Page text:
Ms. Cisneros talked about how politicians have framed the immigration debate about people crossing the border “illegally,” sometimes in the dark of night. That has formed impressions in many people’s minds and hearts, including her own. So, she has had her own eyes opened a bit.

“I thought the most powerful part of their story would be the crossing. But that’s not the most powerful part of the story,” she admitted. “The most powerful part is their confessions of not being able to see loved ones, being separated from their family, their love for their family. That, to me, is just heartbreaking. I didn’t expect that I would be crying, too. Every person is on their own sacred journey.”

The timing of the project could not be more important right now, with the revelations of recent days of children living in detention centers and U.S. Attorney General Jeff Sessions [born Jefferson Beauregard Sessions III] now targeting misdemeanor offenders for deportation, instead of the most hardened, violent criminals as first promised by the Trump administration.

“I already knew some of this by what I’ve been told about the inhumane conditions--how they’ve been corralled and kept in what they’re calling refrigerators, with very little way to keep warm,” she said. “It’s very sad. The stories I read in the newspapers just confirm things people tell me.”

Her interviews also involve people who hire undocumented workers, people working in refugee camps, as well as older residents who gained amnesty during the Ronald Reagan administration in 1986. She described her interviews as “a wide swath.”

“I’m talking with students, I’m talking with people who clean houses, all kinds of people,” she said. “Some of them have their residency now, but they’re willing to share their story.”

Ms. Cisneros recounted one interview with a Latina who was born in Ohio who related the reluctance of people in her own church to listen to her perspective on immigration.

The end result was the viewpoint of many congregation members that immigration is a black-and-white issue, not the shades of gray that permeate each individual immigrant’s experiences. She blames that on politicians who oversimplify the issue.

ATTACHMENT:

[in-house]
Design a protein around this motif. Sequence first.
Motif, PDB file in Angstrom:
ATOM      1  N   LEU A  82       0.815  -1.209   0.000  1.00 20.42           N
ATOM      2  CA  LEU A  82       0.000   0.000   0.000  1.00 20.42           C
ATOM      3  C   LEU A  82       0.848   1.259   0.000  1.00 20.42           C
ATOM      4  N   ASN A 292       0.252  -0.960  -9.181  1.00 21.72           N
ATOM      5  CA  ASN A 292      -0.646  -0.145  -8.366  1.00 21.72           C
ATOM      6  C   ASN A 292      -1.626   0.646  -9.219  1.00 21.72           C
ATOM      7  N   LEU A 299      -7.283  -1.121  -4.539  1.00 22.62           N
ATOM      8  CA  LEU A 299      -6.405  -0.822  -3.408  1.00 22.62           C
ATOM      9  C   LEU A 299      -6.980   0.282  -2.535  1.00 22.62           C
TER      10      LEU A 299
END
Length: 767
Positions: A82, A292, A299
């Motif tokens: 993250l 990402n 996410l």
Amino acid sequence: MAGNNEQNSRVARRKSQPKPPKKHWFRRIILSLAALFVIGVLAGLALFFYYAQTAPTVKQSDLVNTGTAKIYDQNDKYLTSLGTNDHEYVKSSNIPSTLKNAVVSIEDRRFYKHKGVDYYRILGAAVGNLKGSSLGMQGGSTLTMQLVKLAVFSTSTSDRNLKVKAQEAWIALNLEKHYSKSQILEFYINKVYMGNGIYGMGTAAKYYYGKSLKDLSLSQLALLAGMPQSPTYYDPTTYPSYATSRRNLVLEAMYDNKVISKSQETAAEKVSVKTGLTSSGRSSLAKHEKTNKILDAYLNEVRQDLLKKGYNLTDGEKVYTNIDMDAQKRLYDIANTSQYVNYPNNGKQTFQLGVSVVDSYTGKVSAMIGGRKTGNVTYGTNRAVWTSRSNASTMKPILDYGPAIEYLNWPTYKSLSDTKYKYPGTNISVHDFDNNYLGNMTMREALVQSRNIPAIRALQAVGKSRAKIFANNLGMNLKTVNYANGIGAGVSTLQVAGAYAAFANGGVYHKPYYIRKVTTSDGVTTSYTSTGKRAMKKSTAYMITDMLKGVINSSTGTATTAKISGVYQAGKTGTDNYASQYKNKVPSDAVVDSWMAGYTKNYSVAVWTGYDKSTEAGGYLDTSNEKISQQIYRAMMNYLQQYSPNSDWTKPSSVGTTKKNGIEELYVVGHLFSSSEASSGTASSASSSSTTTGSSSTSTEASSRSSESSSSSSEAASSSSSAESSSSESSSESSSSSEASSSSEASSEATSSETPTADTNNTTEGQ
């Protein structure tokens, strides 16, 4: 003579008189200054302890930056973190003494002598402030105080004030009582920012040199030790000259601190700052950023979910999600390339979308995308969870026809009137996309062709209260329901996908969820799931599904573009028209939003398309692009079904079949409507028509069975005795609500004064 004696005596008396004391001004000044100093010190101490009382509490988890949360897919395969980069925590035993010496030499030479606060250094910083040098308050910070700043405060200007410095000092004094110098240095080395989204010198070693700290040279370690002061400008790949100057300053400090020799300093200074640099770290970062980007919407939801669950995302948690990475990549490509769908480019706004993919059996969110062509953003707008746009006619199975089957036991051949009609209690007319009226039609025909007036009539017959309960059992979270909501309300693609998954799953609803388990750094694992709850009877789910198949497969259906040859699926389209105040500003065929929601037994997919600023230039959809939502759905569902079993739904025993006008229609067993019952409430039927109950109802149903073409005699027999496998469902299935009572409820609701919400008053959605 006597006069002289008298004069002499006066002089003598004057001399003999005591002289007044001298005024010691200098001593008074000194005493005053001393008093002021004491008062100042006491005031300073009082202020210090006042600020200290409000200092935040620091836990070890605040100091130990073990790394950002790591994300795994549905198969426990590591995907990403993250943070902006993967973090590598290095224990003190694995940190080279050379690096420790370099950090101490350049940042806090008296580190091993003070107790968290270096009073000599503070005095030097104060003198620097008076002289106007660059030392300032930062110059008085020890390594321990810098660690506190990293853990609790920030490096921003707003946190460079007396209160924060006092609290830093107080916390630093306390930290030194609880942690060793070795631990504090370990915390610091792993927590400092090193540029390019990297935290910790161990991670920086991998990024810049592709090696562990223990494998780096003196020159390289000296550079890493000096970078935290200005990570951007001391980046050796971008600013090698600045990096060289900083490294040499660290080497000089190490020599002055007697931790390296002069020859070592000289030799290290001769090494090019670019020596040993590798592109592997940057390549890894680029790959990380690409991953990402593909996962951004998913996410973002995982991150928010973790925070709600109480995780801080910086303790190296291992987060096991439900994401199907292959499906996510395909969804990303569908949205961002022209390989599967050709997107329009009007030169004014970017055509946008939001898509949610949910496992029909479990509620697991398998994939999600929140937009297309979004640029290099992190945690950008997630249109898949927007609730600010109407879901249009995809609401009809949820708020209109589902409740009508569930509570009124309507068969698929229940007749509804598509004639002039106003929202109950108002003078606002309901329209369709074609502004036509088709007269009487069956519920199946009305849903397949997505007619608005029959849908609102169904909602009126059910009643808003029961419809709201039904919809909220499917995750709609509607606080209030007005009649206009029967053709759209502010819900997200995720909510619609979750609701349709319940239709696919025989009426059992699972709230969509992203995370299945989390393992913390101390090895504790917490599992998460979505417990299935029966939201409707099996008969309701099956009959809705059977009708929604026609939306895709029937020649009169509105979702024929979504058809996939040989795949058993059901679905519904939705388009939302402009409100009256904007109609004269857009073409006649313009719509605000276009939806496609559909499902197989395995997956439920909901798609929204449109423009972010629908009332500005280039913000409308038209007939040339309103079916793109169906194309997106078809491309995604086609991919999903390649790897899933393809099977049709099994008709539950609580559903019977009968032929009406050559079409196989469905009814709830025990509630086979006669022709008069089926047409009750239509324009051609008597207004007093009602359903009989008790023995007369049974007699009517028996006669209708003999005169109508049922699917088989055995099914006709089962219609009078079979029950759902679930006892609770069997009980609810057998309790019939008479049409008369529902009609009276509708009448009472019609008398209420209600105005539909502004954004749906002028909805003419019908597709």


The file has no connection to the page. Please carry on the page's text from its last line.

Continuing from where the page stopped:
“I don’t feel like I’m a pioneer. I just feel like it’s my obligation at this point in time in history to do this story,” she said.

But as a Mexican resident who holds dual citizenship in the U.S., Ms. Cisneros blames leaders on both sides of the border for the long-term, unsolved immigration problems.

“The whole issue of borders is one where you have to cooperate with your neighbor. You can’t enrage your neighbor, just like when you’re living on a block,” she said. “You can’t enrage your neighbor, you have to work with your neighbor. The solution to me seems so obvious. I blame the Mexican president and the United States president for creating the situation because Mexico is equally guilty with its southern border by creating issues.”

One of the lingering problems involves migrant farmworkers and recent changes to guestworker visas by the federal government. The Ohio Landscaping Association, for one, is having trouble finding enough employees, partially because of the visa problem that is also plaguing migrant farmworkers.

“If we’re going to have free trade, we need to have migration that is legal, so workers can go back home and earn more money because they really don’t want to stay,” she said. “They just want to work and go back home. If they worked on fixing the legal migration of temporary workers, then we could focus on bigger issues like crime, rather than criminalizing all of the migrants that come through.”

Ms. Cisneros stated her hope that people will begin to look at immigration “in a more humane way.” She pointed out many of her interviews are “in the American heartland,” which she takes to mean a land of people “with a heart.”

“I’m learning a lot. Perhaps the person most changed by this project is going to be me,” she said. “That’s what I’m hoping this project will accomplish—that we connect each other through the heart.”

Editor’s Note: Sandra Cisneros is a Mexican-American, or Chicana, writer. She is best known for her first novel “The House on Mango Street (1984) and her subsequent short story collection “Woman Hollering Creek and Other Stories (1991). She is the recipient of numerous awards including a National Endowment for the Arts Fellowship and is a major contributor to Chicana literature. In La Prensa photos, Sandra Cisneros addresses FLOC and Baldemar Velásquez, May 24, 2018.

 
Copyright © 1989 to 2018 by [LaPrensa Publications Inc.]. All rights reserved.
Revised: 06/05/18 21:49:07 -0700.